- Saying, Jesus, Master, have mercy on us. Considering their condition, their prayer was definite enough.
- And when he saw them. The disciples about him probably at first obstructed the Lord's view.
- Go and show yourselves unto the priests. See .
- And it came to pass, as they went, they were cleansed. They received the blessing when they showed their faith by their obedience.
- And one of them, when he saw that he was healed, turned back. Like Naaman (2 Kings 5:15).
- With a loud voice glorifying God. A voice made strong by health and gratitude.
- He was a Samaritan. On his way to the priests at Mt. Gerizim the Samaritan turned back to express his thanks. Apparently nine of the lepers were Jews. A Samaritan was among them because they were along the border of the country, and because the fellowship of affliction and disease obliterated the distinctions of race, as it does to this day. In the leper-houses at Jerusalem, Mohammedans and Jews now live together despite the rancor existing between the healthy representatives of these two religions.
- Were there not the ten cleansed? but where are the nine? The Lord publicly noted the indifference and ingratitude of the nine and the thanksgiving of the tenth. As we look around today and see how many are ungrateful for the blessings which they receive, the words ring like an echo in our ears.
- Were there none found that returned to give glory to God. It sometimes happens that we receive most where we expect least.
- Save this stranger? Though the Samaritan's religion was partly Jewish, yet by blood he was a foreigner, as the word "stranger" means.
- Arise, and go thy way: thy faith hath made thee whole. Thus Jesus emphasized the fact that the blessing came through faith, encouraging the man to seek higher blessings by the same means.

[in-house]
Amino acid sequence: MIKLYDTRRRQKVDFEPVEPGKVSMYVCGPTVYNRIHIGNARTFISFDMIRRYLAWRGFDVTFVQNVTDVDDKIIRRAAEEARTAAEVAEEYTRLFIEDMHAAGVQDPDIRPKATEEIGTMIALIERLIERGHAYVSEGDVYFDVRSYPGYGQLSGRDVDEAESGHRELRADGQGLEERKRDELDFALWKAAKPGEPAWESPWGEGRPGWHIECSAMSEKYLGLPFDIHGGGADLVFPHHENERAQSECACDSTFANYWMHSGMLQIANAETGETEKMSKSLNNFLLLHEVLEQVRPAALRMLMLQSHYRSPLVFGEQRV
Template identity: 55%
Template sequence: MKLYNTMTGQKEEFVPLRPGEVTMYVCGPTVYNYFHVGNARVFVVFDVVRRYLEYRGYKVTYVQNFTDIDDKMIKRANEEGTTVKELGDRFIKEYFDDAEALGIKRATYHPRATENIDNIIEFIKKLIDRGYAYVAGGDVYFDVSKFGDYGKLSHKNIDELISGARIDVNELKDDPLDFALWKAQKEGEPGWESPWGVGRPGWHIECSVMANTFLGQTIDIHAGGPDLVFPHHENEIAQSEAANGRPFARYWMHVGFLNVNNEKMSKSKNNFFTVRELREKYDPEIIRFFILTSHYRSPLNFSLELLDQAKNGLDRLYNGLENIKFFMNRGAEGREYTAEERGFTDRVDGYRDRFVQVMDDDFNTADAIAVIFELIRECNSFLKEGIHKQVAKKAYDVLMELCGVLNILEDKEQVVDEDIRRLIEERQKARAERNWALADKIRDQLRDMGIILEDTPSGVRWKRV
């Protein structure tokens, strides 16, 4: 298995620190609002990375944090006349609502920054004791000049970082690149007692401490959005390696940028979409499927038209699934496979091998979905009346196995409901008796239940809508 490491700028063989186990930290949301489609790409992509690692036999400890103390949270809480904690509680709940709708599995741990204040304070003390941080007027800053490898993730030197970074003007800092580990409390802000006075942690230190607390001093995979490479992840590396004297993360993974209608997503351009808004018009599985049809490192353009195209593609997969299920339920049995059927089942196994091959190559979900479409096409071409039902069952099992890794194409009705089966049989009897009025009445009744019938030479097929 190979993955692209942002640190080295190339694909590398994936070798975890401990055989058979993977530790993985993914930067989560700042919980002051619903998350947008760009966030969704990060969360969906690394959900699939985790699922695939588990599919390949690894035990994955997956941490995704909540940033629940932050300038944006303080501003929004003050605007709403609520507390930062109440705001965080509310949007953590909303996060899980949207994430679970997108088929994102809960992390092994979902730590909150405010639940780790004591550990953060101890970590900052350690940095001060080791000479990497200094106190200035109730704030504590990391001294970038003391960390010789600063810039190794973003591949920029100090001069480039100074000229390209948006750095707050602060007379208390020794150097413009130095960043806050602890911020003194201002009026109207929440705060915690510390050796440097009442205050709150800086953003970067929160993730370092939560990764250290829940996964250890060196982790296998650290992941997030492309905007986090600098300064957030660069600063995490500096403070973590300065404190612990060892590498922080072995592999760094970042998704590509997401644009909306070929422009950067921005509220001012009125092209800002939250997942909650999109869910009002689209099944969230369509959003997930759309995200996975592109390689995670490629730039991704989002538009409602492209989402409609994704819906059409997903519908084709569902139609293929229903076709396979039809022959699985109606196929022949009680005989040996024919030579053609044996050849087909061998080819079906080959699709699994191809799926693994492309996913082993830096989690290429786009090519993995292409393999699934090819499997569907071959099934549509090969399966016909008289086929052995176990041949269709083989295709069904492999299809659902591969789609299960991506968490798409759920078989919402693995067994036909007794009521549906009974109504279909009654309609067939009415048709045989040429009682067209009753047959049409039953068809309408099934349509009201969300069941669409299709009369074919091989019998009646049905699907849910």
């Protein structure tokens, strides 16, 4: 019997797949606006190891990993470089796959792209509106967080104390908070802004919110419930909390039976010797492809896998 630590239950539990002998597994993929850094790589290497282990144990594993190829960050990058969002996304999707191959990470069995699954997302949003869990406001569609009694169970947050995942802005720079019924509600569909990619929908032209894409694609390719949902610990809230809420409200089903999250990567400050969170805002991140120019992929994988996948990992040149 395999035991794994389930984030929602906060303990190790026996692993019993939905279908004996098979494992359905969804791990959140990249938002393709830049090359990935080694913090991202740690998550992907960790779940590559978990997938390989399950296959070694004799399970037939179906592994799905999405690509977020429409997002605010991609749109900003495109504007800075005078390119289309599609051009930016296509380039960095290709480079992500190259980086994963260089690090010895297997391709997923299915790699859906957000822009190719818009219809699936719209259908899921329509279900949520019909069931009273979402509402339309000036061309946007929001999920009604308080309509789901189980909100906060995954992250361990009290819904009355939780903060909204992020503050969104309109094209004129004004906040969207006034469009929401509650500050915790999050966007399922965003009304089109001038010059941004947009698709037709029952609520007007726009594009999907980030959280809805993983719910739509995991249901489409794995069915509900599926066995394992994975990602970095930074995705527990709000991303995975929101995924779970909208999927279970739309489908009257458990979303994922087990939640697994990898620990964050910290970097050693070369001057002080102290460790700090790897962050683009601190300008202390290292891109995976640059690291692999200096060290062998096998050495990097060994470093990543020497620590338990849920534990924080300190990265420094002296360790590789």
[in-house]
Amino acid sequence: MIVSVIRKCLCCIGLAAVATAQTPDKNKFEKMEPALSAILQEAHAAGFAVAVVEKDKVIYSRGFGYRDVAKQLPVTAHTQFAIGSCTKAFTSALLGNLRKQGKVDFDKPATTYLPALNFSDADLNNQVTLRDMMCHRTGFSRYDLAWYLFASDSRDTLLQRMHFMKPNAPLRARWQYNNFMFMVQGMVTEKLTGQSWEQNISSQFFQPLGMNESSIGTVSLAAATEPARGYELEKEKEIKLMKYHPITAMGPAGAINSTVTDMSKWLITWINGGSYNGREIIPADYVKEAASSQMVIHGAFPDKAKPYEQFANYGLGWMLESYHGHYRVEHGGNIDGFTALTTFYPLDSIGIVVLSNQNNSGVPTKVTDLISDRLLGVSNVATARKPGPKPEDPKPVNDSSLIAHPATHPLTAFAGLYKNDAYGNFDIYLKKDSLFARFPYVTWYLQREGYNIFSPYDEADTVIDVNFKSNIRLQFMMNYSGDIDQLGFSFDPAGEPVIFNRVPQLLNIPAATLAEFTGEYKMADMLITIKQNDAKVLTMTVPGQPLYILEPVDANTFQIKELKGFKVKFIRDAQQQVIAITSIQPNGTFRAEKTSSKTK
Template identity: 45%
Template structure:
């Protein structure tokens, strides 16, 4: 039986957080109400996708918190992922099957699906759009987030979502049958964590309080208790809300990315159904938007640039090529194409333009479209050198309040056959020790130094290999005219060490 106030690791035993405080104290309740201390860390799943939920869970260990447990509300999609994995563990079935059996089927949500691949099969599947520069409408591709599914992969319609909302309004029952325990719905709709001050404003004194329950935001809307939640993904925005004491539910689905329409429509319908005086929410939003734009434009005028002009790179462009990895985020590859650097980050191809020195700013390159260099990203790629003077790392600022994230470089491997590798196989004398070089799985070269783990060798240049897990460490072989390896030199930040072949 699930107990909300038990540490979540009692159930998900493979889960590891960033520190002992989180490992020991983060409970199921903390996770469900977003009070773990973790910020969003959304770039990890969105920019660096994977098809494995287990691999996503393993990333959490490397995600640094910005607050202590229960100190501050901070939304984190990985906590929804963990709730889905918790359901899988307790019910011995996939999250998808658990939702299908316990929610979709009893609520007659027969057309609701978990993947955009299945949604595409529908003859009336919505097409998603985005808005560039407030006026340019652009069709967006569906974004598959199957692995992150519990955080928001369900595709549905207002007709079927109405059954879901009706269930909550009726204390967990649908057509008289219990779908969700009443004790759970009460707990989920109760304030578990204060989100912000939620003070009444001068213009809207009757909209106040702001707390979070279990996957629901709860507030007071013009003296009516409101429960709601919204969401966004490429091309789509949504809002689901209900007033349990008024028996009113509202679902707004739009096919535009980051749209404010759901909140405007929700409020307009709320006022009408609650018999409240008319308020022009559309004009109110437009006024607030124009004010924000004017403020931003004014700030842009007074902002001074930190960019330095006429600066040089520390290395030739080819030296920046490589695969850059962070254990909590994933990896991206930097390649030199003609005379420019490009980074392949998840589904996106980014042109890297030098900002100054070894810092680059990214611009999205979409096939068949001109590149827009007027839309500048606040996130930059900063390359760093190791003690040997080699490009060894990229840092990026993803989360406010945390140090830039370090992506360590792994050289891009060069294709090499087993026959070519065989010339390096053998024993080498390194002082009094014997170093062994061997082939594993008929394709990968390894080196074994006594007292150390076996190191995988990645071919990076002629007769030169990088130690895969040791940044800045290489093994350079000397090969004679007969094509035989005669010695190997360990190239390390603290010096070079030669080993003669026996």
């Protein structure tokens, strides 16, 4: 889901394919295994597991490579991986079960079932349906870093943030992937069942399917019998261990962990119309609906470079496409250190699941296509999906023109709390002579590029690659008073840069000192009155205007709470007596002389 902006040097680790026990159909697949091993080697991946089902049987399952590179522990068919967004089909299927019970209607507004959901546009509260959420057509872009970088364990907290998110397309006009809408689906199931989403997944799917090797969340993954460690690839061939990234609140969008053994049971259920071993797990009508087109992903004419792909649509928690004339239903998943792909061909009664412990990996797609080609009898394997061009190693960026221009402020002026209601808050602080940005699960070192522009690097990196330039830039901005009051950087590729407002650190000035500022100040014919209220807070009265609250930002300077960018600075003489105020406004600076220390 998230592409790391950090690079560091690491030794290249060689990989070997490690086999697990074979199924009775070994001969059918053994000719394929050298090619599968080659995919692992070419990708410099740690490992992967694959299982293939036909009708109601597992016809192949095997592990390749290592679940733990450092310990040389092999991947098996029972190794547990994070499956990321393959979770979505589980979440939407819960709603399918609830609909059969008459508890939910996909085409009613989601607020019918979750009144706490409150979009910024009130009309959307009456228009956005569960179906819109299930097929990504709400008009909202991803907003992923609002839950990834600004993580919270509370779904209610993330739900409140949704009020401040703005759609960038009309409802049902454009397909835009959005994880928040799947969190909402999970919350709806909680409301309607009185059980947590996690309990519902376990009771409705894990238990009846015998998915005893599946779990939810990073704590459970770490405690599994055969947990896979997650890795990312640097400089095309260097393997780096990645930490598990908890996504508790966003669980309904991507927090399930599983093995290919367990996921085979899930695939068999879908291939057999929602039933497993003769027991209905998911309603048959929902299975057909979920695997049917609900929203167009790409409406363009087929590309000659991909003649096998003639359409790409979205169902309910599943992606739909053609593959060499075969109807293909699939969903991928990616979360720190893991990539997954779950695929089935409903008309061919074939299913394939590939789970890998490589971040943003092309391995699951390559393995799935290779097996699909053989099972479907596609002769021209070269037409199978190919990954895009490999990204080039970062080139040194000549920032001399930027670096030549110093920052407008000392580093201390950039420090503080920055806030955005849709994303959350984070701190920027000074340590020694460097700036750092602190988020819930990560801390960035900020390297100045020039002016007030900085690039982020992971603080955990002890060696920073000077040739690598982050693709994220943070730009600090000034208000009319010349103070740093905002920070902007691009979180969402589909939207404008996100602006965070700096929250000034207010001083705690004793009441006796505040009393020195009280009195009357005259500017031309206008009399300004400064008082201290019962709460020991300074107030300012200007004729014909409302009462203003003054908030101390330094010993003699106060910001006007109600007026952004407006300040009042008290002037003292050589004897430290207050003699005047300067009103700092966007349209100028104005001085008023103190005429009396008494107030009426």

- And being asked by the Pharisees, when the kingdom of God cometh. The question of the Pharisees was doubtless a covert criticism. More
than three years before this Jesus had begun to say that the kingdom of
heaven was at hand (Matthew 4:17); and they thought that after all this
preparation it was high time that the kingdom should commence.
- He answered them and said, The kingdom of God cometh not with observation. The Pharisees were looking for some manifestation of the
sovereignty of God in the realm of the civil and the external, which
would raise the Jewish nation to conspicuous supremacy, but they are
told that the work of the kingdom is internal and spiritual
(John 3:8; John 18:36; Romans 10:8; Colossians 1:27), and that its effects are not such
as can be located in space. They were seeking honors and joys, and
would find contempt and sorrow (Amos 5:18-20).
- The kingdom of God is within you. Some have thought it strange than Jesus should say "within you" when addressing the Pharisees, but the word "you" is used generally and indefinitely.
- And he said unto his disciples. Giving them instructions suggested by the question of the Pharisees.
- The days will come, when ye shall desire to see one of the days of the Son of man, and ye shall not see it. If the Pharisees looked
eagerly for a sensuous external Messianic kingdom, so also would the
disciples be tempted in the days to come to cherish a somewhat similar
yearning. Knowing that Jesus was to come again to rule in power and in
great glory, they would, under the stress of persecution, hunger to see
one of the days of his rule. The longing for the coming of the Christ
is frequently expressed (Philippians 4:5; Titus 2:13; James 5:7-9; Revelation 22:20).
- And they shall say to you, Lo, there! Lo, here! go not away, nor follow after [them]. In their restless eagerness the unwary disciples would be tempted to follow the false Messiahs who excited widespread admiration and attention.
- For as the lightning, when it lighteneth out of the one part under the heaven, shineth unto the other part under heaven. Against all this
Jesus warns them, telling them that when the kingdom of heaven does at
last assume a visible shape in the manifestation of its King, that
manifestation will be so glorious, universal and pronounced as to be
- So shall the Son of man be in his day. See Acts 26:13; 2 Thessalonians 2:8.
- But first must he suffer many things and be rejected of this generation. Thus when he speaks of his glory Jesus is careful to mention the humiliation and suffering which precedes it, that the faith of his disciples may not be weakened by false expectations and misunderstandings. The day of glory was not for that generation, since it would reject him.